Jiang Wen, the Golden Goblet Award jury chairman. Pic by CFP
Guide to ideal Shanghai filming locations and policies launched
By Joyce Xu(Shanghai Daily)
Adetailed guide to film locations in Shanghai and related government policies was released during the 21st Shanghai International Film Festival yesterday.
The publication "Filming in Shanghai —Shanghai Film and Television Guide 2018”was issued by Shanghai Broadcasting Film and Television Producers Association.
The release was accompanied by a promotion conference about Shanghai filming locations. The guide was complied by Shanghai Film and Television Production Services Institution.
It includes detailed information about the city’s 200 or so film shoot locations, and latest film and TV production policies. Video material about the locations was made available.
In terms of its wealth of resources for filmmaking, Shanghai has become a popular backdrop for film and TV productions from home and abroad.
Producers association director Yang Zhenhua also signed a Memorandum of Strategic Partnership with representatives from Greece and Canada yesterday to strengthen cooperation in film coproduction.
The guests of the forum. Pic by Tigong
The group photo of guests in forum. Pic by Tigong
Youku sponsors production of 30 new Chinese movies
By Joyce Xu(Shanghai Daily)
Video hosting service Youku released a slate of new film production projects on June 18 at the Internet Summit of 2018 Shanghai International Film and TV Festival.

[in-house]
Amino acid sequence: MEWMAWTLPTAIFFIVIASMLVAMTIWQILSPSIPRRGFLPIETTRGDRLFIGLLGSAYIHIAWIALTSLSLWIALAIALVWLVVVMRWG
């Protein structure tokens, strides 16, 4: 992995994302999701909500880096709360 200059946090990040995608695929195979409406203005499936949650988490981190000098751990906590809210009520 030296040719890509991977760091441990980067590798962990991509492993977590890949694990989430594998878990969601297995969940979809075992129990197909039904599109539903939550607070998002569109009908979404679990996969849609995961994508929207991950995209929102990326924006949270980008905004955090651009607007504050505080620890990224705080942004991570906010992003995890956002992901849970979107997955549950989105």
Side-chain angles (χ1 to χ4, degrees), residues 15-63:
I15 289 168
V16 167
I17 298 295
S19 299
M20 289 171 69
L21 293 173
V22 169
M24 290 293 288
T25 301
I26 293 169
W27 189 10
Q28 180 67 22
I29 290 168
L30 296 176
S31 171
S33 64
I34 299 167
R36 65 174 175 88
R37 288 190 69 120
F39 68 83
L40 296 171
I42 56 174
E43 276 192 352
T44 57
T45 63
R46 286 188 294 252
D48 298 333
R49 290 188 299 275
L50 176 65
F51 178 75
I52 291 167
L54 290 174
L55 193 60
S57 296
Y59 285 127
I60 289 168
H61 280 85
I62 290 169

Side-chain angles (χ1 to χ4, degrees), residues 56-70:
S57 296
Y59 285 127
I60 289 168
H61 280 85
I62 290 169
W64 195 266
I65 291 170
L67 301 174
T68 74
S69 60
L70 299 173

Youku announced it will cooperate with celebrated scriptwriter Shu Huan and Dirty Monkeys Film Studio to produce 30 movies within three years.
Many of the movies will be directed by talented young Chinese filmmakers. They will cater to the tastes of younger generation through diverse subjects and novel storytelling.
Among the projects are an interactive online movie“ 4:40,”sci-fi mini-series“Future Disease”and suspense thriller film“Lost In Time.”
Liu Kailuo, a Youku official, said the Internet had become a strong new force for the development of Chinese cinema in marketing, distribution and production.
“More and more well- received, online movies have emerged in recent years,”Liu added.
“Technological progress in cinematography and audience interactivity will bring about more creative productions on the Internet.”
The group photo of the scene. Pic by Tigong
Charms of history keep veteran Han Jing making films
By Joyce Xu(Shanghai Daily)
“The Scapegoat,”the latest documentary of veteran filmmaker Han Jing, was premiered at the ongoing 21st Shanghai International Film Festival yesterday.
The history film tells the story of Wang Yaqiao’s failed assassination of Soong Tse- ven — a prominent early 20th century businessman and politician — at a railway station in Shanghai.
Director Han, whose credits include acclaimed documentary series“Imperial Examination,”said the genre of history always had a fascinating charm for her.
She said it is rewarding to explore unknown stories and to try to solve the mysteries of history.
This documentary took around three years to make.
“A challenge for me is how to make the storytelling of a history documentary attractive to today’s audiences,”Han added.
She used innovative cinematography to reproduce scenes in the film to augment the historical facts. The movie is expected to hit cinemas across China later this year.
Han is also considering developing the concept into a film series using other stories about Chiang Kai-shek and Ding Mocun.
Poster of "The Scapegoat." Pic by Tigong
The director Shoured her experiences in the scene. Pic by Tigong